Published on September 26th, 2012 | by Paul Angle
Going to the Movies- The Master
Paul Thomas Anderson’s The Master reached theaters with as much critical fanfare as any film in recent memory. It set box office records in its first week of limited release, grossing over $720,000 on just five screens (averaging just under $146,000 per screen), so the Weinstein Company accelerated the film’s expansion to capitalize on the fantastic word of mouth.
Does the film live up to the hype? Ultimately I think opinions will be divided. Fans of Anderson’s previous work (Boogie Nights, Magnolia, There Will Be Blood) will certainly enjoy the visual style and deliberate pacing of the film. However, this is also what may keep more casual filmgoers from enjoying the movie.
What cannot be argued are the fantastic performances Anderson gets from his cast. Joaquin Phoenix brings such an odd physicality to his role as Freddy Quell, a disturbed, alcoholic WWII vet whose life is spiraling downward until he meets charismatic writer Lancaster Dodd (Philip Seymour Hoffman) that it is fascinating to watch. Freddy is unbalanced, prone to violent outbursts, obsessed with sex, and spends his spare time making alcoholic concoctions with an extra kick—usually some thing poisonous like turpentine or paint thinner. He makes everyone around him uncomfortable, as if they can sense the violence just under the surface that can come out at any moment.
By contrast, Philip Seymour Hoffman portrays Lancaster Dodd in such a cool and controlled manner that at first you wonder how the two men become so connected. Why is Dodd drawn to Freddie? He first discovers Freddie as a stowaway on a boat the night before his daughter’s wedding (Freddie stumbled aboard in a drunken stupor before the ship set sail). But there is an instant connection between the two, and when Dodd first introduces Freddie to an exercise from The Cause, Freddie treats it as a joke; however, he soon opens himself up completely to it. Hoffman is controlled, charismatic, and plays the founder of this religious movement perfectly. We see brief glimpses of his inner struggle, and the overall performance is spectacular.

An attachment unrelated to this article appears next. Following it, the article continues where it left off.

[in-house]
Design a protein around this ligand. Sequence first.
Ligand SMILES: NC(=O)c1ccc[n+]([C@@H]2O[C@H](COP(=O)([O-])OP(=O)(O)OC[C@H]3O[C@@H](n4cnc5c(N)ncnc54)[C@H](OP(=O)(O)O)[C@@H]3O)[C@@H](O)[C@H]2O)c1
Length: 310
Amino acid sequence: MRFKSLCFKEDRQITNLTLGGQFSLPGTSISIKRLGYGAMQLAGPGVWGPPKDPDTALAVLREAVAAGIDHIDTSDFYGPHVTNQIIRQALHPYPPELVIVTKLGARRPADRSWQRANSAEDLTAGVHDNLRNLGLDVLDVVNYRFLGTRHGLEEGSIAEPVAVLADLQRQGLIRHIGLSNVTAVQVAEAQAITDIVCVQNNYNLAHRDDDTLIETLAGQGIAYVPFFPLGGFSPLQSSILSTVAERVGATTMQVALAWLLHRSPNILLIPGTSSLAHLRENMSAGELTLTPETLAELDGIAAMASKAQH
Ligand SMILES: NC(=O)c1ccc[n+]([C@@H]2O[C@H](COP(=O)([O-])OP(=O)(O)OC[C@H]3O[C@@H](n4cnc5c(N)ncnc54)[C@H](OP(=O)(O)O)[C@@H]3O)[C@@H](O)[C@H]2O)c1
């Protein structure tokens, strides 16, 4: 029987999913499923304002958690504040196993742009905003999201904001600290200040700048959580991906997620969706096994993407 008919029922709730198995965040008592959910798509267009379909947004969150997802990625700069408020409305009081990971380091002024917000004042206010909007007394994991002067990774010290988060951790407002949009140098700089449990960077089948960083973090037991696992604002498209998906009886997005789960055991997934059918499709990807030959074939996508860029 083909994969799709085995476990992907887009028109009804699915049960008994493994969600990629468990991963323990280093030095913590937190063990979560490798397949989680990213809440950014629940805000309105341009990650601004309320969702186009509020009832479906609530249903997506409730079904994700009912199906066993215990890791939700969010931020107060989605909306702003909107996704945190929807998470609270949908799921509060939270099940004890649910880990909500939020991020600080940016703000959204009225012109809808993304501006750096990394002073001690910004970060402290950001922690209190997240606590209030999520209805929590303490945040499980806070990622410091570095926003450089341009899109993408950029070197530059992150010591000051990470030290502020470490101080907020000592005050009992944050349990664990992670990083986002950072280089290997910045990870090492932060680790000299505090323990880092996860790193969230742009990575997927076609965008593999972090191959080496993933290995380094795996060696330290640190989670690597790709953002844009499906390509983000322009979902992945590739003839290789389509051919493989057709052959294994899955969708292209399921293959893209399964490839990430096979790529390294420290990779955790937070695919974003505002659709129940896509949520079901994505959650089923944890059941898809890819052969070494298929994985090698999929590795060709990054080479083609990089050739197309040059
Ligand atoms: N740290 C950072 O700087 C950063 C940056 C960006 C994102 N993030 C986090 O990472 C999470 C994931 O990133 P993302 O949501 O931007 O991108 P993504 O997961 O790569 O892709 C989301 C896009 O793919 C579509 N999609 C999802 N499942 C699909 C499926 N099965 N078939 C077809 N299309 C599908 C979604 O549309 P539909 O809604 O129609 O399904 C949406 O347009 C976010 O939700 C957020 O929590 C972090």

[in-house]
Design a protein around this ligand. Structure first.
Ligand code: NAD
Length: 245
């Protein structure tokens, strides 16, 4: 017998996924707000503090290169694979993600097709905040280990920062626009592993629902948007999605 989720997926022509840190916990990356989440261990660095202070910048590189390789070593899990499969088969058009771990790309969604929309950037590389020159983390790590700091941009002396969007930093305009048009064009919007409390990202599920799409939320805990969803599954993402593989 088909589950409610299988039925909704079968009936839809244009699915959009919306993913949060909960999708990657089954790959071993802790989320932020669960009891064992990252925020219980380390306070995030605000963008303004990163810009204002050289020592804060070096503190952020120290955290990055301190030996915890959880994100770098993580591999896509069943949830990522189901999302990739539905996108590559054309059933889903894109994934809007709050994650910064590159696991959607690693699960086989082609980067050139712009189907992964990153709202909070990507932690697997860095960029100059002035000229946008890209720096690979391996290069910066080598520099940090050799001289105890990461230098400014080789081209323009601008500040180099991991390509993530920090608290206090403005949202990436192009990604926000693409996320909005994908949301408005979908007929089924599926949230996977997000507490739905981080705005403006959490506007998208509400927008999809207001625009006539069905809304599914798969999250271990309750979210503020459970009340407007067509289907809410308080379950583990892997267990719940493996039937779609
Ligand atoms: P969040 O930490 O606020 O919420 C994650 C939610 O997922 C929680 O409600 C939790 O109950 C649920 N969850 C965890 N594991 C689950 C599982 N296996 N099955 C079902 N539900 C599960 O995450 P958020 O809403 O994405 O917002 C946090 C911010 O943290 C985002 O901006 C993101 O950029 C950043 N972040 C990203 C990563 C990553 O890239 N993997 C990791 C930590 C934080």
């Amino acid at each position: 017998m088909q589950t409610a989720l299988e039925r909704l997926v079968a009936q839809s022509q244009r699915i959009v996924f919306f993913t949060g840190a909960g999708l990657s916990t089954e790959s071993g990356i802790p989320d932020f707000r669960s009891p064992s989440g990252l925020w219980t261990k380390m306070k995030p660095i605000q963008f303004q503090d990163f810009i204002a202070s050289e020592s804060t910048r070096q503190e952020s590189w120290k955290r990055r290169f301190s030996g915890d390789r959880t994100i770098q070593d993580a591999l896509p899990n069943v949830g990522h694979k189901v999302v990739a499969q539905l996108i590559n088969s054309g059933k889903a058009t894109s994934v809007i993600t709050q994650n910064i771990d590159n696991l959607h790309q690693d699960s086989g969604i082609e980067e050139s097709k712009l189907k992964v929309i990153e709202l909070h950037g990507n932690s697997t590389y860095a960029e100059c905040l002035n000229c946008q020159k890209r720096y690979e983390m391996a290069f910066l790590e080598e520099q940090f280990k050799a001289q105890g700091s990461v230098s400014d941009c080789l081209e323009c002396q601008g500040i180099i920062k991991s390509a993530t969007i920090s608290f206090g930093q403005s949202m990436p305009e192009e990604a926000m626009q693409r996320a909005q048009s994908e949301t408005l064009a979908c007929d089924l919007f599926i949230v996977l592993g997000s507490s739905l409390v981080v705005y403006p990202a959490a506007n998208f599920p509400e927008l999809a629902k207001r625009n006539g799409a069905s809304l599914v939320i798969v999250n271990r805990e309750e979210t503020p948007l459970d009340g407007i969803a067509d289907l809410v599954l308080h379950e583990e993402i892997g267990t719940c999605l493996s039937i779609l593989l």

Also of note is the performance given by Amy Adams as Dodd’s true believer wife Peggy. She keeps Dodd focused on The Cause and helps him see what’s best for it, even when Dodd wants to do the opposite. In Adams’ performance we see a woman who has given herself completely to The Cause and will protect it and her husband at any cost.
One other point needs to be made. While Anderson said that the film’s backdrop is inspired by the early days of Scientology, it is not a film about Scientology. If anyone goes into this film expecting to see a hard-hitting expose about Scientology they will be sorely disappointed. There are certainly common threads between Scientology and The Cause—both beginning just after WWII, their founders being writers, L. Ron Hubbard and Freddie Quell both being Navy men who spent the last few months of the war in a hospital—the film is not about the religion itself. It is about the characters and how the religion affects their lives and becomes part of them.
Overall, this film is going to divide its audience. Fans of Paul Thomas Anderson will hail it as another great film from a visionary filmmaker; mainstream audiences will probably find it slow paced and its resolution ultimately unsatisfying. I found it to be a film filled with great performances (ones that will deservedly be recognized by the Academy) but whose story is not clearly realized. It is a film that makes the audience work too hard to solve the ambiguity of its arc. But with the “masterful” performances given by the three lead actors it is well worth seeing, and will keep you talking about the film long after you leave the theater.